Albert W. Johnson University Research Lectureship
The Albert W. Johnson University Research Lectureship is awarded annually to an SDSU faculty member for outstanding achievement in research and scholarship. Its purpose is to recognize such achievement, foster its continuation, and enable a distinguished resident faculty scholar to share their knowledge more broadly with and beyond the academic community. The Lectureship is the University's highest recognition of research and scholarly achievement. The Division of Research and Innovation sponsors the Lectureship with funding partially endowed through the Albert W. Johnson fund.
The recipient delivers a public lecture during the spring semester and is named a Distinguished Professor in their discipline for the remainder of their tenure and retirement at SDSU (this title is not transferrable should a faculty member resign and leave SDSU for a different institution). The title of Distinguised Professor recognizes senior faculty who are nationally and internationally renowned for their innovative body of work and its transformational impact on the field. The Lectureship is awarded to faculty working at the very top of their discipline and who are recognized as a preeminent leader in their field of study. The recipient receives $30,000 in research support. Tenured, full professors who have been on the SDSU faculty for at least 5 years are eligible for this award.
2023 AWJ Lecturer: Phillip Holcomb
Before Phillip Holcomb could learn how to decode the brain, he first needed to tackle
The year was 1976, and the computer was sitting in a lab in San Diego State University’s Life Sciences building, collecting dust because nobody had figured out how to use it. It was the university’s first-ever lab-based research computer and it had the ability, in theory, to collect physiological measurements like heart rate and temperature, vitals that were just starting to be captured electronically.
Holcomb was fascinated by the relationship between brain and behavior, so when his professor, psychophysiologist Jerry Koppman, offered him a role in his lab, Holcomb seized the opportunity. Koppman's first project for the student: get the fancy new computer to work and interface with physiological recording equipment used to monitor brain and other body activity.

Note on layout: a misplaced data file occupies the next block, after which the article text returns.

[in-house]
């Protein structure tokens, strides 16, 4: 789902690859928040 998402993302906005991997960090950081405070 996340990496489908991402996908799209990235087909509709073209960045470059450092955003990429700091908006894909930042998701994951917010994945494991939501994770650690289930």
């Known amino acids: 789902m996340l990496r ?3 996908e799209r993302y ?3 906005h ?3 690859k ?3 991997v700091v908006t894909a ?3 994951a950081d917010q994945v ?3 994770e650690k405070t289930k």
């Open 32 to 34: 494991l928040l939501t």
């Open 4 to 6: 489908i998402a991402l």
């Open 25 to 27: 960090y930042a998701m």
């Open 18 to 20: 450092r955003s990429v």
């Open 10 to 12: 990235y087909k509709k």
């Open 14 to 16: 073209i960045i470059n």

“Programming a computer in 1976 was not easy, no one at SDSU knew how to do it,” Holcomb said, recalling late nights (or, rather, mornings) spent at the lab, sifting through a book on Fortran and learning how to code. He ended up becoming the lab’s go-to computer whiz, and after the programming was finished he took up the science of neurocognition, endeavoring to unpack the neural phenomena of arguably our most precious organ.
Holcomb has come full circle and is now an SDSU professor and prolific cognitive neuroscience researcher focused on the brain mechanics that allow humans to read. Humankind has been communicating and using language for thousands upon thousands of years, but only in the last few hundred years has reading become ubiquitous.
“We are really interested in how, with your eyes and the visual parts of your brain, we interpret these little squiggles on a page, and do it quickly and effortlessly,” Holcomb said.
“If the brain hasn’t evolved for reading, then how do we do it?” Holcomb asked. “As we read, the brain basically co-opts areas developed for other skills. One of the things the human brain is really good at is adapting and acquiring skills.”
Holcomb is the 2023 recipient of the Albert W. Johnson Research Lectureship, SDSU’s highest research honor. His lecture, “Reading in the Brain: Unraveling the Neural Mechanisms Underlying Visual Language Comprehension,” is scheduled for 3-6 p.m. March 15 at Montezuma Hall at the Conrad Prebys Aztec Student Union.
The award comes with $30,000 in research support and title of distinguished professor. For the first time, the ceremony and lecture will also include 2023 recipients of the inaugural SDSU Outstanding Scholar Awards.
“Since Phil came to SDSU a decade ago, he has brought in more than $7 million to further critical research on the way our brain operates, all the while being a phenomenal colleague and esteemed mentor to our student researchers,” said Hala Madanat, vice president for research and innovation. Learn more about Dr. Holcomb